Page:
When dealing with property settlements in Family Law, the Court
essentially adopts a four step process to determine the
The total value of all assets and liabilities
The financial and non financial contributions of both
Whether any adjustments should be made to either party for
their future needs
Whether that result is fair and equitable
The common misconception about the value of furniture and
household contents is that the value used in property proceedings
is the amount the items have been insured for. Unfortunately for
most, furniture and household contents are taken at their second
hand value. The exception to this is where the household content is
considered to be an antique or one of special value. To date,
I'm yet to see the value of furniture and household contents
exceed a value of $20,000.
The Court is also very reluctant to be involved in how furniture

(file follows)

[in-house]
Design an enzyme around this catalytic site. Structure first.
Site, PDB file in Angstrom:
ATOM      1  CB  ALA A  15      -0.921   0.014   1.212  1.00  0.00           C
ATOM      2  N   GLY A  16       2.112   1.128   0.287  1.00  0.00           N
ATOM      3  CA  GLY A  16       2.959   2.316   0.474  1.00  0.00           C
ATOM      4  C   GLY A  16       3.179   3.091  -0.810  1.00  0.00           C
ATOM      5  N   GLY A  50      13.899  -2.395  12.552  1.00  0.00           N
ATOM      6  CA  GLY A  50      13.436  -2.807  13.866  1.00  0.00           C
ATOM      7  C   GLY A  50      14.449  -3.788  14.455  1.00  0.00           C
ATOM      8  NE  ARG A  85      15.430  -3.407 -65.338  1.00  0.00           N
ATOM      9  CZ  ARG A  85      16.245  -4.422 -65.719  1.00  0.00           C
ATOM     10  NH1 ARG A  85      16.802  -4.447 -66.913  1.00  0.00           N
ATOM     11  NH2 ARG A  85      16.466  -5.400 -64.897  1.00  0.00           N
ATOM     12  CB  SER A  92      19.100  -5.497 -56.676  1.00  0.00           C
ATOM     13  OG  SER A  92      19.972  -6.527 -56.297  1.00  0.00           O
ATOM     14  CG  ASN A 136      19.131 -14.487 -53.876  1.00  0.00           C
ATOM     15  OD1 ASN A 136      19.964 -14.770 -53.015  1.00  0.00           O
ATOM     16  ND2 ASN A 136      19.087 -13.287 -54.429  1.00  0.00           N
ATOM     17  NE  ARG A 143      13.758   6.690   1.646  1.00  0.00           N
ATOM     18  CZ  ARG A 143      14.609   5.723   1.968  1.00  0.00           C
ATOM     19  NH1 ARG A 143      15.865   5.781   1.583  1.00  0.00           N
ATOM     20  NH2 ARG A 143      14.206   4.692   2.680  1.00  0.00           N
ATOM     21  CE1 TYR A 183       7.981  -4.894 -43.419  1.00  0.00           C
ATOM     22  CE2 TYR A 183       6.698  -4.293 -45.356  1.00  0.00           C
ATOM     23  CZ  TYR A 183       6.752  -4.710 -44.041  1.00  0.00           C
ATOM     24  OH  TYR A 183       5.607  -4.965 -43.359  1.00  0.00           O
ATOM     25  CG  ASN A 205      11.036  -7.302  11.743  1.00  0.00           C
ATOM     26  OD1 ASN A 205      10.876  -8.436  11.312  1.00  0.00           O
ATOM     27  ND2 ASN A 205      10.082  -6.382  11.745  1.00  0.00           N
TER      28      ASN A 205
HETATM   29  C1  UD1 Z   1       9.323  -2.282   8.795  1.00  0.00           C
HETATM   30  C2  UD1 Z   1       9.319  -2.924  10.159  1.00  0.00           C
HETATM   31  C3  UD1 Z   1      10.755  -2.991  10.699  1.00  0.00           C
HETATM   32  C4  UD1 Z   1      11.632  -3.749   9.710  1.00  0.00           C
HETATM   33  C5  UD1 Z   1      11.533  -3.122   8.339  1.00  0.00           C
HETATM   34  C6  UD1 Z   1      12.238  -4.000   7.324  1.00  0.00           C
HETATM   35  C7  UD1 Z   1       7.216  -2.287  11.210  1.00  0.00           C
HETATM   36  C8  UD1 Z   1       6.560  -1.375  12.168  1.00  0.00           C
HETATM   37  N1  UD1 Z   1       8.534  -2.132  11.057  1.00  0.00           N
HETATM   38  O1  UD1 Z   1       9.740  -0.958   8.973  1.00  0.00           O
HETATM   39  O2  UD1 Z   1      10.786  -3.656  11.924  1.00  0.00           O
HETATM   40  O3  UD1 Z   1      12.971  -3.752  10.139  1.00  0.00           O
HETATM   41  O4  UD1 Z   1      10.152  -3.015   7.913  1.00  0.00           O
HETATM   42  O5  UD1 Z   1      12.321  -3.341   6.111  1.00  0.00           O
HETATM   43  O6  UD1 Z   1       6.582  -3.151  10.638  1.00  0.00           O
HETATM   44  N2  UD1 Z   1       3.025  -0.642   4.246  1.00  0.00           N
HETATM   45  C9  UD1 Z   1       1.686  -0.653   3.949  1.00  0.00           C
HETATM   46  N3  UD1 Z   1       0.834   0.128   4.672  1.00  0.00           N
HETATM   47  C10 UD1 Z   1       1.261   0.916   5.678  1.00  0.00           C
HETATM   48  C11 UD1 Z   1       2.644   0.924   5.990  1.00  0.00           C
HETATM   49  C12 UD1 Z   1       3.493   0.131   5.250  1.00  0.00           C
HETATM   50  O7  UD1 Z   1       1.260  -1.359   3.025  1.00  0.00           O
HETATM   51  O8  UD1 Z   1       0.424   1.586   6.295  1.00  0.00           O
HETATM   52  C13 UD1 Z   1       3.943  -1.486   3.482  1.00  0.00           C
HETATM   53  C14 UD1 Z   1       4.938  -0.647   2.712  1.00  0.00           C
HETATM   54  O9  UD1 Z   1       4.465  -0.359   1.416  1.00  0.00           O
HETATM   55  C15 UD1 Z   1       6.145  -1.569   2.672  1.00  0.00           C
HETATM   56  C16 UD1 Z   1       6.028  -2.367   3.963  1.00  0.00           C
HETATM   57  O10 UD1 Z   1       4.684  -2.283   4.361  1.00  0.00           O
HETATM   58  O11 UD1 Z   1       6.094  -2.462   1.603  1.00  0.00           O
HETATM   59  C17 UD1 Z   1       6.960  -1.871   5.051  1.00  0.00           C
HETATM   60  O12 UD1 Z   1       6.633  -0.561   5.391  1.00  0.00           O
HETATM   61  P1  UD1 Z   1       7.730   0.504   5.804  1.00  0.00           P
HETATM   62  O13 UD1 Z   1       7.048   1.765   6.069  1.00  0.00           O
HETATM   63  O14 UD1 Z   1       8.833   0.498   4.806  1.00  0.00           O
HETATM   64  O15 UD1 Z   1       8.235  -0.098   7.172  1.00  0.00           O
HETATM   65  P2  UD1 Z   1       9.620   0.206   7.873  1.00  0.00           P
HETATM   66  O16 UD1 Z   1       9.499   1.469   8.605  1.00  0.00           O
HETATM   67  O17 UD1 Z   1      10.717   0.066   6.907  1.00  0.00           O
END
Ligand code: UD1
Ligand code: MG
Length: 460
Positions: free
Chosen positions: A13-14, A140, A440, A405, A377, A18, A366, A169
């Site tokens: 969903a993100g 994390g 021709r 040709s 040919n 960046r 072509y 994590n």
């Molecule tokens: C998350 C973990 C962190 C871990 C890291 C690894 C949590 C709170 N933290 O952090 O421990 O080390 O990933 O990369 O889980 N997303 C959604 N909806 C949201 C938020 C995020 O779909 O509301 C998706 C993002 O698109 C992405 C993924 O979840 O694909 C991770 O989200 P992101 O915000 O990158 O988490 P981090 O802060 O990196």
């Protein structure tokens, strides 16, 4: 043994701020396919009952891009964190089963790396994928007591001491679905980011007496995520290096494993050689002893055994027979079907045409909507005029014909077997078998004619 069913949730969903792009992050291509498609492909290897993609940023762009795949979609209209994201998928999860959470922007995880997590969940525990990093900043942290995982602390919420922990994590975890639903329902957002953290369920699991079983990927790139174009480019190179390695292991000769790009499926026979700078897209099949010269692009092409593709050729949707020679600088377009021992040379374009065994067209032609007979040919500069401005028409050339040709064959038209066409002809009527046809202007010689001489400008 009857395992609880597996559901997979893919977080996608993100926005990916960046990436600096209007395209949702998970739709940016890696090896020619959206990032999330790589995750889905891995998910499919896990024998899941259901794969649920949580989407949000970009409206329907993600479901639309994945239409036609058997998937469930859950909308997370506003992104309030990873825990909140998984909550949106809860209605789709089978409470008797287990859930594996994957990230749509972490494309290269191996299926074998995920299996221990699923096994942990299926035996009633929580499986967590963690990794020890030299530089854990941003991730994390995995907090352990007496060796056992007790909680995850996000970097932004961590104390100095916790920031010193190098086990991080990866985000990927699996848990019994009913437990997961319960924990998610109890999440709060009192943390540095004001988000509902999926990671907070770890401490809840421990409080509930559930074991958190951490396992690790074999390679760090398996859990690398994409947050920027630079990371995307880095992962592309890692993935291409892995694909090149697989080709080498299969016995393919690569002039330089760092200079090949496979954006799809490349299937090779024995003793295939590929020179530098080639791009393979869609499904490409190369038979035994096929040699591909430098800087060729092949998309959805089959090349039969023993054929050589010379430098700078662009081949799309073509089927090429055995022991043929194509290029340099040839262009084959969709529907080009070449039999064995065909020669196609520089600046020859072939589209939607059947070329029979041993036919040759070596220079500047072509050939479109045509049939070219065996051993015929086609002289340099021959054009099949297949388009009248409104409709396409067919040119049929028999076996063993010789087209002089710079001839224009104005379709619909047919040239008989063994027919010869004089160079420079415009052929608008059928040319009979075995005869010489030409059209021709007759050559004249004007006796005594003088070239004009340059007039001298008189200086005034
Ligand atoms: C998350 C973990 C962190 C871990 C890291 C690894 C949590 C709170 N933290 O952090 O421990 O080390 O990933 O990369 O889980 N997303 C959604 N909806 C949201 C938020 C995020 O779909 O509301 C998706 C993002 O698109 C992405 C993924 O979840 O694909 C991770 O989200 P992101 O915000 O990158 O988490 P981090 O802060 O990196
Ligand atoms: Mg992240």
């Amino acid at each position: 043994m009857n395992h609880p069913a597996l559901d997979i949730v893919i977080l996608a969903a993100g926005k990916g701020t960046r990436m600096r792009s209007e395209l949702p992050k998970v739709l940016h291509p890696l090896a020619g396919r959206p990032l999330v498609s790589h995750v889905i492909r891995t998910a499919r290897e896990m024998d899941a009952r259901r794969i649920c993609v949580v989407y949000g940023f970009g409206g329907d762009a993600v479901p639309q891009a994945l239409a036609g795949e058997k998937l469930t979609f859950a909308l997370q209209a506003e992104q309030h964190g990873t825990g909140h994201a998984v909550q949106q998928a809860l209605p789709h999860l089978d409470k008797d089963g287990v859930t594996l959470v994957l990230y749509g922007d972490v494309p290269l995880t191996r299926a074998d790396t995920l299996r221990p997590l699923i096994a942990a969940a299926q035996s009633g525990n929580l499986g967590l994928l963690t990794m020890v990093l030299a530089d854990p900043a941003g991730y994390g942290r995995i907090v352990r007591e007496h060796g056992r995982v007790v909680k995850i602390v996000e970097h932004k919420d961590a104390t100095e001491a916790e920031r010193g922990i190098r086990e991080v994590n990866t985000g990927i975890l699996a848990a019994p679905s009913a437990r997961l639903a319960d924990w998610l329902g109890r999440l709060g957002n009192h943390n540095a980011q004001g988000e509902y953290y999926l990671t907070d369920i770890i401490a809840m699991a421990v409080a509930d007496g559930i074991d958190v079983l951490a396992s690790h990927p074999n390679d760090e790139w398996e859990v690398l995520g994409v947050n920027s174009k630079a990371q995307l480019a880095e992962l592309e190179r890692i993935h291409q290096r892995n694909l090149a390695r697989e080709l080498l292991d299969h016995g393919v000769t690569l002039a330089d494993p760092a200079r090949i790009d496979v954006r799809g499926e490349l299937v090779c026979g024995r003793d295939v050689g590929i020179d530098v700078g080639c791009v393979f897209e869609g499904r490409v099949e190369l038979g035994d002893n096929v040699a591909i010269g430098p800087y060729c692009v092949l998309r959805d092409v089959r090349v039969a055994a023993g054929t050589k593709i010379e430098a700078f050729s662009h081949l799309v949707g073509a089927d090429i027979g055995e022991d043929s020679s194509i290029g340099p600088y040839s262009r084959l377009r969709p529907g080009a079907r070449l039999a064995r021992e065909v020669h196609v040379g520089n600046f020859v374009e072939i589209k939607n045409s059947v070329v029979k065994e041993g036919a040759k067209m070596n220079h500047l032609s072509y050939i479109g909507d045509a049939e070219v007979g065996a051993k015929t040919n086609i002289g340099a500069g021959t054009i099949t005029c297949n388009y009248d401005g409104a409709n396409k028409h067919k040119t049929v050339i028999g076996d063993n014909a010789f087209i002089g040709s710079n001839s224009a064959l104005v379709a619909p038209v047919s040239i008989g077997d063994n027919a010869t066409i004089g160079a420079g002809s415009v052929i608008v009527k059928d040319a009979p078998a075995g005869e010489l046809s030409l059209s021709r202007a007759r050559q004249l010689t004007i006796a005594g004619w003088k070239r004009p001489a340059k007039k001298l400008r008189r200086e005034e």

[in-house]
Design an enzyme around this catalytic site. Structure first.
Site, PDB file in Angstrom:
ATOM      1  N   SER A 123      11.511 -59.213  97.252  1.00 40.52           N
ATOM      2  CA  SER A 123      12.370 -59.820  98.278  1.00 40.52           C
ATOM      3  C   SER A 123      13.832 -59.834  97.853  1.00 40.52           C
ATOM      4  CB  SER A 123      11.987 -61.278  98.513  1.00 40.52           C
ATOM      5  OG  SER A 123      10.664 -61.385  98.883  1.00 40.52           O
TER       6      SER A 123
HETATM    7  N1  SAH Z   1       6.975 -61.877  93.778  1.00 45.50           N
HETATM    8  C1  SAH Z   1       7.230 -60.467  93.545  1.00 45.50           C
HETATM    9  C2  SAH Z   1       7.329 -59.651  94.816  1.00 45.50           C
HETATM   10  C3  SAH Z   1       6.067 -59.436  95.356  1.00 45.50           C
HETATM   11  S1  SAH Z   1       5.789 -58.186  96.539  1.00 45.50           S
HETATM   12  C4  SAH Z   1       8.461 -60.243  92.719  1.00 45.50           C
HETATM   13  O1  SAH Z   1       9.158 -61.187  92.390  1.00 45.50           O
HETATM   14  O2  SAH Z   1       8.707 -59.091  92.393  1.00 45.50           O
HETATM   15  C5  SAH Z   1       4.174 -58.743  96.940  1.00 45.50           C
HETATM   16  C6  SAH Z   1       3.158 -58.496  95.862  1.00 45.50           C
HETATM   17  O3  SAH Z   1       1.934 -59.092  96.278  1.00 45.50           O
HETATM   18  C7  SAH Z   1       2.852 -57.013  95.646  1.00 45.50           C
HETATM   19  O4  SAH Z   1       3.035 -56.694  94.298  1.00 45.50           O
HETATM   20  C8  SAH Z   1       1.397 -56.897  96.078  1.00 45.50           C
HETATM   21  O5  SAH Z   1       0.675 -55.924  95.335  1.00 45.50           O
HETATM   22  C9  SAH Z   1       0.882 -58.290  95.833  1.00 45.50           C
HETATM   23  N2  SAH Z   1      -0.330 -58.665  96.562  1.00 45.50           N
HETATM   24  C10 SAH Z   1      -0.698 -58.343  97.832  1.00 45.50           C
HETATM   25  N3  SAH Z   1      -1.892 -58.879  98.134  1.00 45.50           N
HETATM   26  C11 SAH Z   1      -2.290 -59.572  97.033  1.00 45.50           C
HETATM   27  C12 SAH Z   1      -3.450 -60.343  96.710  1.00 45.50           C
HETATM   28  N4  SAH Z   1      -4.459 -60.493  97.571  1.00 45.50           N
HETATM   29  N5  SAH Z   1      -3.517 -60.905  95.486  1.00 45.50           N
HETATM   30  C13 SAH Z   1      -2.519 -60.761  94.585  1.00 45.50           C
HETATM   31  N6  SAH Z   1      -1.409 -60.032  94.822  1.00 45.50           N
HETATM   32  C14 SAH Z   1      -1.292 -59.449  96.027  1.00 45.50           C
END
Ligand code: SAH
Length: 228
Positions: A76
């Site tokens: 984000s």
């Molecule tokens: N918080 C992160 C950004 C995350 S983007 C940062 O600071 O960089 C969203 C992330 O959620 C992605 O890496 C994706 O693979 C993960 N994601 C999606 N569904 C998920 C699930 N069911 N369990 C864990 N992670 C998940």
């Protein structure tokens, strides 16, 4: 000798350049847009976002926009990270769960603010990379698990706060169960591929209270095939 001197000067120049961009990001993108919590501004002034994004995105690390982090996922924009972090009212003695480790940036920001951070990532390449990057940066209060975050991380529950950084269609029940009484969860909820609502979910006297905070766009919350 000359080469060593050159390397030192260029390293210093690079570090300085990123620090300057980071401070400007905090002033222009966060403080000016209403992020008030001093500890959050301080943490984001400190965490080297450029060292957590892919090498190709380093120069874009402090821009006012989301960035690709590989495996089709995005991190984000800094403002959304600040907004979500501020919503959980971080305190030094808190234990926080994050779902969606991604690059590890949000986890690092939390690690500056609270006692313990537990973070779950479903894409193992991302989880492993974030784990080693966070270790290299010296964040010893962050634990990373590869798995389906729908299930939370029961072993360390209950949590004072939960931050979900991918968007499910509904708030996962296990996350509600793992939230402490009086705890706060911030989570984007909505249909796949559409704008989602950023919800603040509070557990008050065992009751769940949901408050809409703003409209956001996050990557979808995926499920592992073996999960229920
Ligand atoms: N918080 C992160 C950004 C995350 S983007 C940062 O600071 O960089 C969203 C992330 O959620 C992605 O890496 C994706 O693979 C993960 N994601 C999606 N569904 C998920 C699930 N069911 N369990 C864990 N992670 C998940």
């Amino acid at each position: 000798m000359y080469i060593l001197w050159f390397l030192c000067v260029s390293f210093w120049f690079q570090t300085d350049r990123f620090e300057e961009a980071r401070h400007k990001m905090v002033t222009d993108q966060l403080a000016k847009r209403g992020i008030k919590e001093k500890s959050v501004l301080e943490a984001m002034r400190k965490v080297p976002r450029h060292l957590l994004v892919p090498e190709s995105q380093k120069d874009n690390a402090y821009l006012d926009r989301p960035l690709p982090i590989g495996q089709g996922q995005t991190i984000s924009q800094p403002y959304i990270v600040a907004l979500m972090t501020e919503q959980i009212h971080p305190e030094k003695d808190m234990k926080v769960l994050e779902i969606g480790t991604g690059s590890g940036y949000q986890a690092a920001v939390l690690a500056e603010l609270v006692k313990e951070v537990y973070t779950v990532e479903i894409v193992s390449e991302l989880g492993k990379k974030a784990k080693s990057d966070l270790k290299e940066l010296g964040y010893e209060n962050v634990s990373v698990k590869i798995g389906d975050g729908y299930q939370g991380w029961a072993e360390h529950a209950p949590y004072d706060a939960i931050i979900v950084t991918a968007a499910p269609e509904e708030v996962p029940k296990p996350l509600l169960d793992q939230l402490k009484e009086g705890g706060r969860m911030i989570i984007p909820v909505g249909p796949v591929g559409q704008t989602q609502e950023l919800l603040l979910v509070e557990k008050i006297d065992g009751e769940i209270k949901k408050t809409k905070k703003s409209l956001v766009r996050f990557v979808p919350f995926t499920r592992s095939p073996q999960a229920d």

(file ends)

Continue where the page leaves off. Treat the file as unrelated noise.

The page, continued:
and household items are to be divided. If you can't reach an
agreement, the Court will often adopt a "two list"
approach where one party will draft the two lists dividing the
items and the other will choose one of the lists.
The Court may intervene for particular items where it is clear
that they belong to one of the parties (as a gift or inheritance)
but in nearly all cases the parties themselves need to agree.
In the worst case scenario, if there can't be an agreement,
involves the Court ordering that all items be sold and the proceeds
It is rare that property law proceedings run as smoothly and
easily as one would hope however, having up-to-date and accurate
valuations of the net asset pool and attempting to negotiate a fair
division will likely help you to achieve a more efficient and
smooth property settlement.
The content of this article is intended to provide a general
guide to the subject matter. Specialist advice should be sought
about your specific circumstances.
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Sect.117 can deal with false statements and knowingly making false allegations of violence could justify a costs order.
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